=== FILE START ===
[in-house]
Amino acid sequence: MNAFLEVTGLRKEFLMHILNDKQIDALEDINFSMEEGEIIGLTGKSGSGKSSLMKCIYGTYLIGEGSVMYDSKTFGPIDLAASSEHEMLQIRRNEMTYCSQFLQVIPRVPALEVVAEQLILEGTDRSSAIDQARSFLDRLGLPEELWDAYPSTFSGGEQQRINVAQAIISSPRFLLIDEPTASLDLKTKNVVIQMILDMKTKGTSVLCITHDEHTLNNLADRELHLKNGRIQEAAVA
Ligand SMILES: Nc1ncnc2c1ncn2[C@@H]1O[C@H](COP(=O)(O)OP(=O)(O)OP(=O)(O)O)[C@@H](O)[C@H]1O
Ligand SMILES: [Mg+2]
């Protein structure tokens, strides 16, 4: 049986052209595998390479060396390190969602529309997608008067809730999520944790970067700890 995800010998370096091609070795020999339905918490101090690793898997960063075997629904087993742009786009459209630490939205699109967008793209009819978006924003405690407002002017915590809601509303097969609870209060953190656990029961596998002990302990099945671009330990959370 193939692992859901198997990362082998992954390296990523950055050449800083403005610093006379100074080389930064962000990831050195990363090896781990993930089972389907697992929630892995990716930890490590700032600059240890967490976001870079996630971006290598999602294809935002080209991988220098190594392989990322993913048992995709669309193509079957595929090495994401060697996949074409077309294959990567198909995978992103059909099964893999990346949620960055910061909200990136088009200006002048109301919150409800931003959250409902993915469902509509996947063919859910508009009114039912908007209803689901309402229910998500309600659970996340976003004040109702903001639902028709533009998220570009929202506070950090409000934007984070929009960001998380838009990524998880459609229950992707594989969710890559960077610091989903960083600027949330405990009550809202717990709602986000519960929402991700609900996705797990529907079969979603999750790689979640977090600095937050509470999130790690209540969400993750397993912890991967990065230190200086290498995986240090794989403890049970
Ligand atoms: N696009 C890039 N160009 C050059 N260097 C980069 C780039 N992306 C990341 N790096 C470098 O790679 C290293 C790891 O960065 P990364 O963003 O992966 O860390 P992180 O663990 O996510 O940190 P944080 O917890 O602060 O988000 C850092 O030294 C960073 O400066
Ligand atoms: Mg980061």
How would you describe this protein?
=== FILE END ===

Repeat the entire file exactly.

[in-house]
Amino acid sequence: MNAFLEVTGLRKEFLMHILNDKQIDALEDINFSMEEGEIIGLTGKSGSGKSSLMKCIYGTYLIGEGSVMYDSKTFGPIDLAASSEHEMLQIRRNEMTYCSQFLQVIPRVPALEVVAEQLILEGTDRSSAIDQARSFLDRLGLPEELWDAYPSTFSGGEQQRINVAQAIISSPRFLLIDEPTASLDLKTKNVVIQMILDMKTKGTSVLCITHDEHTLNNLADRELHLKNGRIQEAAVA
Ligand SMILES: Nc1ncnc2c1ncn2[C@@H]1O[C@H](COP(=O)(O)OP(=O)(O)OP(=O)(O)O)[C@@H](O)[C@H]1O
Ligand SMILES: [Mg+2]
């Protein structure tokens, strides 16, 4: 049986052209595998390479060396390190969602529309997608008067809730999520944790970067700890 995800010998370096091609070795020999339905918490101090690793898997960063075997629904087993742009786009459209630490939205699109967008793209009819978006924003405690407002002017915590809601509303097969609870209060953190656990029961596998002990302990099945671009330990959370 193939692992859901198997990362082998992954390296990523950055050449800083403005610093006379100074080389930064962000990831050195990363090896781990993930089972389907697992929630892995990716930890490590700032600059240890967490976001870079996630971006290598999602294809935002080209991988220098190594392989990322993913048992995709669309193509079957595929090495994401060697996949074409077309294959990567198909995978992103059909099964893999990346949620960055910061909200990136088009200006002048109301919150409800931003959250409902993915469902509509996947063919859910508009009114039912908007209803689901309402229910998500309600659970996340976003004040109702903001639902028709533009998220570009929202506070950090409000934007984070929009960001998380838009990524998880459609229950992707594989969710890559960077610091989903960083600027949330405990009550809202717990709602986000519960929402991700609900996705797990529907079969979603999750790689979640977090600095937050509470999130790690209540969400993750397993912890991967990065230190200086290498995986240090794989403890049970
Ligand atoms: N696009 C890039 N160009 C050059 N260097 C980069 C780039 N992306 C990341 N790096 C470098 O790679 C290293 C790891 O960065 P990364 O963003 O992966 O860390 P992180 O663990 O996510 O940190 P944080 O917890 O602060 O988000 C850092 O030294 C960073 O400066
Ligand atoms: Mg980061």
How would you describe this protein?